A Better Future for Indigenous Australians – family centred primary healthcare

More health professionals, new and upgraded buildings, and business management training are among initiatives to provide better access to health care for Aboriginal and Torres Strait Islander families and communities in rural and remote locations.

Page last updated: 08 May 2007

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Why is this important?

  • Primary health care is critical in overcoming Indigenous health disadvantage.
  • Despite increased spending on Indigenous health services, access to primary health care for many Indigenous Australians remains too low, particularly in rural and remote areas.
  • This measure will support better access to health care for Aboriginal and Torres Strait Islander families and communities in rural and remote areas through funding for:
    • Up to 45 additional health professionals to enhance existing Indigenous health care service delivery, primarily to prevent and manage chronic disease in Indigenous Australian families.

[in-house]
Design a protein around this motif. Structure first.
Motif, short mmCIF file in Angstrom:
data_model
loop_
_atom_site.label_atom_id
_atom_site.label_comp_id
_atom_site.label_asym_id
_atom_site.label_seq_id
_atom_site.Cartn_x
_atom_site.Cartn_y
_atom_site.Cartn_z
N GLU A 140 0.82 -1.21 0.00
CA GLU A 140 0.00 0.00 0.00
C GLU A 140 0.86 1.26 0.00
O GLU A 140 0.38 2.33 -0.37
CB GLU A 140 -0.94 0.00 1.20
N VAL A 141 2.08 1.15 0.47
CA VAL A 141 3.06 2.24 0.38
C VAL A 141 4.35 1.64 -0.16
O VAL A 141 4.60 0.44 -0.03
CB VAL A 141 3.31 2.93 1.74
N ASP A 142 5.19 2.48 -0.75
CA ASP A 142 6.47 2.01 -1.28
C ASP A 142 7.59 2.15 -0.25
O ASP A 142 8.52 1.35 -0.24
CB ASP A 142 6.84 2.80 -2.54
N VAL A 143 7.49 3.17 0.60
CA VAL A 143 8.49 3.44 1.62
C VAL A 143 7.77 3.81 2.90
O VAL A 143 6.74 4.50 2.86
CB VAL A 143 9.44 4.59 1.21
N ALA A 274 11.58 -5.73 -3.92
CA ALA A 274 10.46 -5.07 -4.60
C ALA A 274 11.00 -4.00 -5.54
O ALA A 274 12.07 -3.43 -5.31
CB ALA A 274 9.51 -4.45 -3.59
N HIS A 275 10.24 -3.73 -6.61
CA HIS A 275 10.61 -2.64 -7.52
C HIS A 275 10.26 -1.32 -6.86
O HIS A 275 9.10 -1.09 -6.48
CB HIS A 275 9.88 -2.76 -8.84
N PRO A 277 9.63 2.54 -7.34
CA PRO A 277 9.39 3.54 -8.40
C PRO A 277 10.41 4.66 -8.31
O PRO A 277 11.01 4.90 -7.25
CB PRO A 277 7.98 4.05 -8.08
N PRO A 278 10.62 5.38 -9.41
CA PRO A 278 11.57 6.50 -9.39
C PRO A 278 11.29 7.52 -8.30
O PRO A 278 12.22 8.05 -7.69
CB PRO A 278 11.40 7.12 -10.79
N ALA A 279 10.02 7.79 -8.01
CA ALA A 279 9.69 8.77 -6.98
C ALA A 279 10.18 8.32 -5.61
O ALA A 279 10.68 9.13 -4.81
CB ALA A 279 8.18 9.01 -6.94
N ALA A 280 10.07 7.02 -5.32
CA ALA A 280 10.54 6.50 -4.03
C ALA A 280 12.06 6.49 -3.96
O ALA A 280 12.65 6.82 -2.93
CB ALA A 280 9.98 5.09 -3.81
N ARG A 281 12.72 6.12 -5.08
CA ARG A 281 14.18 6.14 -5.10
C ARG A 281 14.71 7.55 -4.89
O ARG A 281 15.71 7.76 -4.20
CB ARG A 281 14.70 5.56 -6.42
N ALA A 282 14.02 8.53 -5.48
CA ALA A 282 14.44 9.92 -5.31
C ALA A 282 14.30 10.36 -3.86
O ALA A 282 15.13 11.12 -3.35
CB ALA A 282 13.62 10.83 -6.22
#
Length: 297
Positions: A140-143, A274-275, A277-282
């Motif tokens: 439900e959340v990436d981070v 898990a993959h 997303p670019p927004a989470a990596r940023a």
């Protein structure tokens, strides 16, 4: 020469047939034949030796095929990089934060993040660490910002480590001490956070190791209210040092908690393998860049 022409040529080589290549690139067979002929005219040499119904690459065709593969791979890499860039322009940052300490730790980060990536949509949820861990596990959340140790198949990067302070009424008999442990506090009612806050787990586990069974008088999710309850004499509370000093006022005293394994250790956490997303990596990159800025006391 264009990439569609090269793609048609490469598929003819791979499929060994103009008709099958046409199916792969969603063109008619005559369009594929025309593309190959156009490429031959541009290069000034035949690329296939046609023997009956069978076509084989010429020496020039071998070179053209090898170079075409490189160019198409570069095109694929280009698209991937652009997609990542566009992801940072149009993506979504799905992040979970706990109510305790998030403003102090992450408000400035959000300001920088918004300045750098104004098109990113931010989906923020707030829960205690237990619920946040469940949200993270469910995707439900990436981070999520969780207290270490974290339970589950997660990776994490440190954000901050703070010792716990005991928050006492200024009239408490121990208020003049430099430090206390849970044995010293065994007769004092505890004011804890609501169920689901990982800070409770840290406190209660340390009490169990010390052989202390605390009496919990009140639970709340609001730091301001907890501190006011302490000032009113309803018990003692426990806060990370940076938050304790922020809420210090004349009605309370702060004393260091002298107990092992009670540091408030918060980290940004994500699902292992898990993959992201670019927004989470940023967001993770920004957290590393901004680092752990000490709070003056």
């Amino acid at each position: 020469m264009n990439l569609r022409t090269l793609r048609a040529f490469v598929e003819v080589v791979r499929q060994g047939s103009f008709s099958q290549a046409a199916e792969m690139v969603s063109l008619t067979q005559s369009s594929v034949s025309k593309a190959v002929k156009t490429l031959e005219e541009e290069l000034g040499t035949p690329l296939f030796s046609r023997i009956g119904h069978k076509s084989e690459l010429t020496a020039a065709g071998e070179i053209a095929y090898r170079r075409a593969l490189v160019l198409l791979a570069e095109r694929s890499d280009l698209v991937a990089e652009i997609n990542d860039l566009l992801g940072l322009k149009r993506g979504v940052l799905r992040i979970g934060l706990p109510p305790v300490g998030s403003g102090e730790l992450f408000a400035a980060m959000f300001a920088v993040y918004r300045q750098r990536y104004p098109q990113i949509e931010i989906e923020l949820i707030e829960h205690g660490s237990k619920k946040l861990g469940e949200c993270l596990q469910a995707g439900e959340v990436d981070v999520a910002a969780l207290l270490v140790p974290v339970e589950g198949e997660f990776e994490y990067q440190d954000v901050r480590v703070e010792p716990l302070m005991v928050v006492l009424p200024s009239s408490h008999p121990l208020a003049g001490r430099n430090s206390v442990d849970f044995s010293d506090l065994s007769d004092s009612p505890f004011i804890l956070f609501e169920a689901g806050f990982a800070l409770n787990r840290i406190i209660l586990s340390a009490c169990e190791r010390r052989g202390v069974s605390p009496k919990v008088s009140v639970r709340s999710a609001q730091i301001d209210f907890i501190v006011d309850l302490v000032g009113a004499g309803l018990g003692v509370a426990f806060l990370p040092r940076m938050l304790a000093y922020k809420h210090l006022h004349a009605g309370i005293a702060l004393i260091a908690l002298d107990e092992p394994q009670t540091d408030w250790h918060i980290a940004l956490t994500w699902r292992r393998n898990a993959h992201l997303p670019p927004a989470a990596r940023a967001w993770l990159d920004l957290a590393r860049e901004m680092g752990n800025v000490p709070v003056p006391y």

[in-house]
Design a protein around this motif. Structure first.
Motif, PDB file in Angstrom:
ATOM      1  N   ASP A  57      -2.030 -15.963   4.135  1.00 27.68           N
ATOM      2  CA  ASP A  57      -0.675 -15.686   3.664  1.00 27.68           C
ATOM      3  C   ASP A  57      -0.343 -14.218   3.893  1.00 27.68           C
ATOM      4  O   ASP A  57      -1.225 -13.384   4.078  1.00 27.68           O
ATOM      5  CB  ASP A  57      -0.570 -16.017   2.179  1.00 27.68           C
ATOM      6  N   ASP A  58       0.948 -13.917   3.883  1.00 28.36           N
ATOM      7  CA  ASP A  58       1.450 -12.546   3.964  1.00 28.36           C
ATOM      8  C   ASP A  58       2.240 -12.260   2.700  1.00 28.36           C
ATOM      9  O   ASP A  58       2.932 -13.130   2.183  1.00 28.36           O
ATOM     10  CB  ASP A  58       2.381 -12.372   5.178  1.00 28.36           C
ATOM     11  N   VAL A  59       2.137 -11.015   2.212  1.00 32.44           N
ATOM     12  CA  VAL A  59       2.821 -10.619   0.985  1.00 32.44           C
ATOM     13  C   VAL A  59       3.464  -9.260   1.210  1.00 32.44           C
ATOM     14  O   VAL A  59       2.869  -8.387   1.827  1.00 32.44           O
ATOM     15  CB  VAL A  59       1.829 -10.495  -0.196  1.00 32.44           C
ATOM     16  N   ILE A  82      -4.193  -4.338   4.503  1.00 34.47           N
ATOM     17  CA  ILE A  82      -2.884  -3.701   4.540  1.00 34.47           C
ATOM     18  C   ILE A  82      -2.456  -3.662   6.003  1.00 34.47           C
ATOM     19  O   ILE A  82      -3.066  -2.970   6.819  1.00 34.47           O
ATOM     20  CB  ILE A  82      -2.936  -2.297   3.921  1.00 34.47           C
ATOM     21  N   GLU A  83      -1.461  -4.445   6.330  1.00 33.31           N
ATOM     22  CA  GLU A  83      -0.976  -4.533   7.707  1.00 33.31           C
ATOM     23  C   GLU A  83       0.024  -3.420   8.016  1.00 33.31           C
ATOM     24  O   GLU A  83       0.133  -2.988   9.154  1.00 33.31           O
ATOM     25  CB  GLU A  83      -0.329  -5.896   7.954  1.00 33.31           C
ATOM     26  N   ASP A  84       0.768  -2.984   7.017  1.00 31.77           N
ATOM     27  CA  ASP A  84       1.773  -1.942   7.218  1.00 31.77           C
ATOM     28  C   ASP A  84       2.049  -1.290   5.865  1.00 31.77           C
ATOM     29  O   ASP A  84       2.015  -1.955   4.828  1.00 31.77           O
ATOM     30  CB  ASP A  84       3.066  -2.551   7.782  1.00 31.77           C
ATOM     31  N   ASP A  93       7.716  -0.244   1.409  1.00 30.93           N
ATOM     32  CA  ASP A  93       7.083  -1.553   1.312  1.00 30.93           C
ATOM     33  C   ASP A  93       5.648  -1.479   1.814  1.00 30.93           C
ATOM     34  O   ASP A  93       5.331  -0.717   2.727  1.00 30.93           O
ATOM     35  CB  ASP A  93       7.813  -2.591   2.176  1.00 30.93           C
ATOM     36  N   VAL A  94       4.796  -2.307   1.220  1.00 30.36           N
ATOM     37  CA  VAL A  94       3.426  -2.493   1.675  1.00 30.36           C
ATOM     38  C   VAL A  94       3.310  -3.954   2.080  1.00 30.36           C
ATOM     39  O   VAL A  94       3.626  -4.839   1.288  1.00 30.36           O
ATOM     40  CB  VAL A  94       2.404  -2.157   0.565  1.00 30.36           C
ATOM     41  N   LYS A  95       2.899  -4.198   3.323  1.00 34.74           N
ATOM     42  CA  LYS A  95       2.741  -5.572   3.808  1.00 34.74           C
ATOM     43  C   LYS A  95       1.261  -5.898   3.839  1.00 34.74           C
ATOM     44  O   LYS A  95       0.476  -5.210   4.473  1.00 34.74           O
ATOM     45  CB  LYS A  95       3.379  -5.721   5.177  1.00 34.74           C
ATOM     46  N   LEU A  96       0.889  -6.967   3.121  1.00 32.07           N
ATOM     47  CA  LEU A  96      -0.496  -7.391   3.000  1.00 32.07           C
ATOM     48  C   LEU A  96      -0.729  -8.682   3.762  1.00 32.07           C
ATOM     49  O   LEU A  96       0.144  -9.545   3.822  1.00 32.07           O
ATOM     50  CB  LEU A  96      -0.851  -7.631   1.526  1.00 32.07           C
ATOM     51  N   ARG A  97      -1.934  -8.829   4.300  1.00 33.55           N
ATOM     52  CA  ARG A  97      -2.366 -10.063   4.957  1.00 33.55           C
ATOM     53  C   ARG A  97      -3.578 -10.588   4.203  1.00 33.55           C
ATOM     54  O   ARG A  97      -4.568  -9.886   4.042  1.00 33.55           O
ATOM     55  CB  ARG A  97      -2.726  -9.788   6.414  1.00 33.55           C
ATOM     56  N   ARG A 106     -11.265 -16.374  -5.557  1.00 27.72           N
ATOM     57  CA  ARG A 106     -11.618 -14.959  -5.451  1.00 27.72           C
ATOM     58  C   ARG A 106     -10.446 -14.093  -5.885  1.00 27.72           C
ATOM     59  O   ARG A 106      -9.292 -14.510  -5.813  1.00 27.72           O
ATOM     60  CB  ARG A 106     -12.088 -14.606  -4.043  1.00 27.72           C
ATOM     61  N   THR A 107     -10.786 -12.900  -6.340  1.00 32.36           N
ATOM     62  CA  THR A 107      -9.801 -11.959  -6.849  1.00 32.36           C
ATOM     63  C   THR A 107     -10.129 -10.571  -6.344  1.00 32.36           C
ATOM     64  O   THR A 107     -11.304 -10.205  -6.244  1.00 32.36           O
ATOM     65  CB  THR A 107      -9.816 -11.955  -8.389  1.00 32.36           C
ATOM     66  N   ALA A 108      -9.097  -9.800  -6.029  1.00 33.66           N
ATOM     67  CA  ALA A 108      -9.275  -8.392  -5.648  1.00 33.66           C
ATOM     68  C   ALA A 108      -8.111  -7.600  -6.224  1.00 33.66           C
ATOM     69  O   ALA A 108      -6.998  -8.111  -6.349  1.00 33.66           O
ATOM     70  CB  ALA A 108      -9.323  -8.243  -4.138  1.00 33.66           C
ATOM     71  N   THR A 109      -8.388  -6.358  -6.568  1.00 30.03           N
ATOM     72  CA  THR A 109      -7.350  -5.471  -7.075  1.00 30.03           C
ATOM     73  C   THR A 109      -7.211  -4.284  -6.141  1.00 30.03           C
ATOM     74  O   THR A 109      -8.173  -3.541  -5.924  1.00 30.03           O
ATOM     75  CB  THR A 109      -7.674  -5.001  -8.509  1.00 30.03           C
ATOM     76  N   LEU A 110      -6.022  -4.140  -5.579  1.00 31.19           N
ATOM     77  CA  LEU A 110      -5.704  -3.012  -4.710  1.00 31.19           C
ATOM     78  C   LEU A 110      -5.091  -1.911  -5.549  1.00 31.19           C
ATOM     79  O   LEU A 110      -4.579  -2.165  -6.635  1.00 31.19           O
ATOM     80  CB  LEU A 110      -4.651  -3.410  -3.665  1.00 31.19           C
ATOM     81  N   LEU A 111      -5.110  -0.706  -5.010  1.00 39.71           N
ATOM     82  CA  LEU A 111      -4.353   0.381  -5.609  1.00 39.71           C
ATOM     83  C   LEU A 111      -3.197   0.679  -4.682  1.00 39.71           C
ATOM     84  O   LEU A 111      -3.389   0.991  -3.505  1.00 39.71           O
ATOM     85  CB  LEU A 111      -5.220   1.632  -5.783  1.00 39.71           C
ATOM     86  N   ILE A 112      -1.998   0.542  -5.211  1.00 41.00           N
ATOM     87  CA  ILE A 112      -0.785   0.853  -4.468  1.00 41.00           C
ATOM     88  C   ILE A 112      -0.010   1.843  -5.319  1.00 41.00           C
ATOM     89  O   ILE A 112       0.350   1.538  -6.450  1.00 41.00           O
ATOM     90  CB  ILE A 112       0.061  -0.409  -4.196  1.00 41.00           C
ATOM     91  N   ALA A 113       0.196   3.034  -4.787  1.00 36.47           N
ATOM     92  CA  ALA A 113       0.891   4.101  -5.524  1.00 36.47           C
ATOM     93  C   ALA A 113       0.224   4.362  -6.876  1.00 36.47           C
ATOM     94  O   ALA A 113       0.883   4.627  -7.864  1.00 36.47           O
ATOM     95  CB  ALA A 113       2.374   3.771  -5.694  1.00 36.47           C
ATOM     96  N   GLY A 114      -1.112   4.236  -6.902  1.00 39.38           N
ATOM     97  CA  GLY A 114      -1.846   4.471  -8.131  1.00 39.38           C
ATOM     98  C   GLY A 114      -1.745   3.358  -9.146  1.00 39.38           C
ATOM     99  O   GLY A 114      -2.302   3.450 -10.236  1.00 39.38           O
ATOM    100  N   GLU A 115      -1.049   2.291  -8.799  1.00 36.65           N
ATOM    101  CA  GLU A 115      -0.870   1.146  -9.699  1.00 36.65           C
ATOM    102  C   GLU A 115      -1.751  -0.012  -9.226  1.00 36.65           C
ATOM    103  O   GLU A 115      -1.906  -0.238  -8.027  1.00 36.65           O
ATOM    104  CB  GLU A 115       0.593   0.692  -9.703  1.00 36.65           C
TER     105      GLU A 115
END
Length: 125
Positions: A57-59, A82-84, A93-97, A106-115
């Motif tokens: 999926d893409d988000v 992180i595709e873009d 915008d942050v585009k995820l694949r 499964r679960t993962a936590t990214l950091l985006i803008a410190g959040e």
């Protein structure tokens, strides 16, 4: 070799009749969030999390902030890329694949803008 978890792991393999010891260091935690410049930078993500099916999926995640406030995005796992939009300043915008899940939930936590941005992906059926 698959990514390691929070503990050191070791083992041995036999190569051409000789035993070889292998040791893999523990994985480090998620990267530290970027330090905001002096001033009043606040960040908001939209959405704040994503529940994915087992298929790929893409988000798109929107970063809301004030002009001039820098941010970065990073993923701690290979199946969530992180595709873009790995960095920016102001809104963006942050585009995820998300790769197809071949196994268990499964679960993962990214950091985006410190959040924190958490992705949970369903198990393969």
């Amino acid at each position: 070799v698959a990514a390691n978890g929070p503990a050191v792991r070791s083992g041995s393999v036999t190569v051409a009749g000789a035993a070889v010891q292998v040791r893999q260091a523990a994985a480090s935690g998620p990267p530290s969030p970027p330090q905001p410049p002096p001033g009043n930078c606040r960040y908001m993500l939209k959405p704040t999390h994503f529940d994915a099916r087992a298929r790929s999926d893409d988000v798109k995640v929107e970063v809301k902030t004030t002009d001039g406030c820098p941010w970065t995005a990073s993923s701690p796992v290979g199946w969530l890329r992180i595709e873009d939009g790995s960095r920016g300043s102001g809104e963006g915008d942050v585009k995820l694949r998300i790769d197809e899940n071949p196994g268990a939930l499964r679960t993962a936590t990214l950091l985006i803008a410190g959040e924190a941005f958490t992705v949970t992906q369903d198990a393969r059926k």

• New and upgraded buildings and clinics in six rural and remote areas across Australia.
    • Management training for 100 Indigenous health service managers.

Who will benefit?

  • Aboriginal and Torres Strait Islander families and individuals in six rural and remote regions across Australia will benefit from improved access to comprehensive primary health care services.
  • Aboriginal and Torres Strait Islander people will benefit from better managed Indigenous health services as a result of training for health service managers.

What funding is the Government committing to the initiative?

  • The Government has committed new funding of $38.2 million over four years.

What have we done in the past?

  • Since 1996, annual Indigenous health funding has increased by over $270 million - a real increase of more than 170%. This increased funding has been delivered mostly through the Primary Health Care Access Program (PHCAP). Since 2003-04 this program has funded over 200 additional health professionals (general practitioners, nurses and Aboriginal Health Workers) and 220 additional other service and support positions (including other health workers, patient transport drivers, child/youth workers, etc), as well as the associated capital infrastructure, to improve Indigenous access to primary health care across Australia.

When will the initiative conclude?

  • The initiative is ongoing.

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